...If you had a field of minuscule particles, possibly smaller than a photon, if they conserved energy (https://www.khanacademy.org/science/physics/work-and-energy/work-and-energy-tutorial/a/what-is-conservation-of-energy) how would they be detected ? When Einstein was 17 he asked himself a question, what propagates the motion of light ? I've read Einstein's autobiography. Is it possible that the only reason dark matter shows itself is when it interacts with the gravitational field of matter is because matter might be moving through it the way fish move through water ?


Tim the plumber is correct.

Dark matter does exist, we just don't know what it is. Not only do the galaxies rotate too fast for their visible mass, but there is so much of this invisible matter that its mass causes light to bend.

We know it has significant mass. It can be measured. We just don't know what it is that has sufficient mass to function as a gravitational lens, keep galaxies rotating as fast as they are, and not interact with light. So they just slapped the label "Dark Matter" on it. It was first identified in the 1930s. Fritz Zwicky, the CalTech astronomer who made the discovery in 1933, called it "missing matter." Nobody took it seriously until the 1970s. We've been trying to figure it out since the 1970s, without much success.

We can measure Dark Matter so accurately today that they have made maps of where it is located. Dark Matter is what creates the largest structure in the universe, the Cosmic Web.

https://www.sciencealert.com/this-is-the-most-detailed-map-yet-of-the-universe-s-dark-matter


You will find that ITN will defy any attempt to actually engage with the real world at all.

He is, as far as I can see, just a Troll who dedicates himself to untruth. Others here are on a spectrum of thinking ability. Very occasionally we get a decent one.

Welcome to the no holes barred forum.
06-10-2018 18:37
Into the Night
★★★★★
(5875)
Tim the plumber wrote:
AK_User wrote:
James___ wrote:
Tim the plumber wrote:

Yes it has been detected by the way it causes the galaxies to rotate and exist at all with its' gravity.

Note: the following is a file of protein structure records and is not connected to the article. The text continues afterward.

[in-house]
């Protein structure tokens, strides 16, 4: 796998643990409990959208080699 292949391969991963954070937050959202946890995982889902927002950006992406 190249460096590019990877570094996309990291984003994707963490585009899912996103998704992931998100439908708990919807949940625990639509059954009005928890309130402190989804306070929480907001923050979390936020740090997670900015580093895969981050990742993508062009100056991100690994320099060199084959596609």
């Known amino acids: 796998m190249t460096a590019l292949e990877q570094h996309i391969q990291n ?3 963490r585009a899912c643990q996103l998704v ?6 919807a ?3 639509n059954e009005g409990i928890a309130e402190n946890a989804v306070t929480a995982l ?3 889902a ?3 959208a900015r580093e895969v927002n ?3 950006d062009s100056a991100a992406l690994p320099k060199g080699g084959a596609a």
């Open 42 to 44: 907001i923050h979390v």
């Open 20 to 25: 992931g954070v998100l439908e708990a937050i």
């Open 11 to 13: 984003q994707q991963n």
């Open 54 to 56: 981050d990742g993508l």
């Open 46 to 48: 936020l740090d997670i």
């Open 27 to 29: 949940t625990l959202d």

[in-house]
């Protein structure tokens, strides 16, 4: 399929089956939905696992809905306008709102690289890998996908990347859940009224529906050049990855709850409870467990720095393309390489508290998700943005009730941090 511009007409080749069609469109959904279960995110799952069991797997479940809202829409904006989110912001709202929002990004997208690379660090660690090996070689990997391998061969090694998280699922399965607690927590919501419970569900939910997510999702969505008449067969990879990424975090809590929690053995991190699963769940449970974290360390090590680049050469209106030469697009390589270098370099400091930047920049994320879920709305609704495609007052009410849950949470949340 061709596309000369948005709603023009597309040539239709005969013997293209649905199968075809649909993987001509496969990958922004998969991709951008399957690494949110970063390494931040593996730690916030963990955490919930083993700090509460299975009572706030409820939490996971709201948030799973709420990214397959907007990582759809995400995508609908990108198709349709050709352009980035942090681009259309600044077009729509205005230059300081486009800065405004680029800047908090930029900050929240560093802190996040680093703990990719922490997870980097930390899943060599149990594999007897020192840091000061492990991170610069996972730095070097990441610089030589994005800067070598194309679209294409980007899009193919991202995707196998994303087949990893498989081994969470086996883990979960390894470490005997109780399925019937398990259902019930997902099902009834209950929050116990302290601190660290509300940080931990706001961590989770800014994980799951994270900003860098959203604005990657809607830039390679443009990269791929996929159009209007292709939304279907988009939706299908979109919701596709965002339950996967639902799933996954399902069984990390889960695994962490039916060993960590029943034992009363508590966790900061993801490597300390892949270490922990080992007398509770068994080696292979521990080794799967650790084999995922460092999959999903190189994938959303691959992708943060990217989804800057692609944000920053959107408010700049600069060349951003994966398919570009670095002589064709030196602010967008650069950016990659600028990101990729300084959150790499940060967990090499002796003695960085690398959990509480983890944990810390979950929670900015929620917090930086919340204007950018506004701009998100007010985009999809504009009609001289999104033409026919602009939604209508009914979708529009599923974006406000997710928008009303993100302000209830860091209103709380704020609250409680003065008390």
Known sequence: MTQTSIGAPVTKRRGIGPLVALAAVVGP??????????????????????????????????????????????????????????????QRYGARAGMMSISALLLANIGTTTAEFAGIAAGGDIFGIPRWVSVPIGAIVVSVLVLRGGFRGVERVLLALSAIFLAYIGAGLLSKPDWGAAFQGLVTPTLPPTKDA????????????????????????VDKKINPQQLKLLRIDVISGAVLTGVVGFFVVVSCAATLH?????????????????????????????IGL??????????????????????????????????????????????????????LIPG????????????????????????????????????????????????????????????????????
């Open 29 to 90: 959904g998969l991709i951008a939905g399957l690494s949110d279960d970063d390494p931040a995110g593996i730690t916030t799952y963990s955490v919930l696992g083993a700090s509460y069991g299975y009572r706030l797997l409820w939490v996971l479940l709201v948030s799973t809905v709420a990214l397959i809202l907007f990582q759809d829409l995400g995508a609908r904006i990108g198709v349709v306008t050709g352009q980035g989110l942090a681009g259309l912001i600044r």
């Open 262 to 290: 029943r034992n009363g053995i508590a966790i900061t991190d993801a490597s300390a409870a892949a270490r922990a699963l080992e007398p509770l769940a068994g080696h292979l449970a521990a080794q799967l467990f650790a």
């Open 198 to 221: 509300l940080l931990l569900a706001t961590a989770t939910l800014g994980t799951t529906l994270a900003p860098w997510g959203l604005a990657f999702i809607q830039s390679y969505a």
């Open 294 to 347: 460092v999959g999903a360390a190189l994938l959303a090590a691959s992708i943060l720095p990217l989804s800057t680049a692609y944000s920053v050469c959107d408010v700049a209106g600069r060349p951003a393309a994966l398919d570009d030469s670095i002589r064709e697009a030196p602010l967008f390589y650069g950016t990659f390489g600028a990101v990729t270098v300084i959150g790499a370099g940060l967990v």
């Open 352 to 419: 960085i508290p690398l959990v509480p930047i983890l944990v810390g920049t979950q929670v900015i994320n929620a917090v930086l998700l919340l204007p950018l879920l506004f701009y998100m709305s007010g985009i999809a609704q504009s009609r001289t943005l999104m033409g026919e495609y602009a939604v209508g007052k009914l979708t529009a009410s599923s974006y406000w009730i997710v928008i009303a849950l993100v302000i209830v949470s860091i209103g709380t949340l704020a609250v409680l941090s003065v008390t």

Beyond that we have no clue about it as it does not seem to interact in the way "normal" matter does.



...If you had a field of minuscule particles, possibly smaller than a photon, if they conserved energy (https://www.khanacademy.org/science/physics/work-and-energy/work-and-energy-tutorial/a/what-is-conservation-of-energy) how would they be detected ? When Einstein was 17 he asked himself a question, what propagates the motion of light ? I've read Einstein's autobiography. Is it possible that the only reason dark matter shows itself is when it interacts with the gravitational field of matter is because matter might be moving through it the way fish move through water ?


Tim the plumber is correct.

Dark matter does exist, we just don't know what it is. Not only do the galaxies rotate too fast for their visible mass, but there is so much of this invisible matter that its mass causes light to bend.

We know it has significant mass. It can be measured. We just don't know what it is that has sufficient mass to function as a gravitational lens, keep galaxies rotating as fast as they are, and not interact with light. So they just slapped the label "Dark Matter" on it. It was first identified in the 1930s. Fritz Zwicky, the CalTech astronomer who made the discovery in 1933, called it "missing matter." Nobody took it seriously until the 1970s. We've been trying to figure it out since the 1970s, without much success.

We can measure Dark Matter so accurately today that they have made maps of where it is located. Dark Matter is what creates the largest structure in the universe, the Cosmic Web.

https://www.sciencealert.com/this-is-the-most-detailed-map-yet-of-the-universe-s-dark-matter


You will find that ITN will defy any attempt to actually engage with the real world at all.

He is, as far as I can see, just a Troll who dedicates himself to untruth. Others here are on a spectrum of thinking ability. Very occasionally we get a decent one.

Welcome to the no holes barred forum.


Bulverism fallacy.
You can't even define what 'real' is.


The Parrot Killer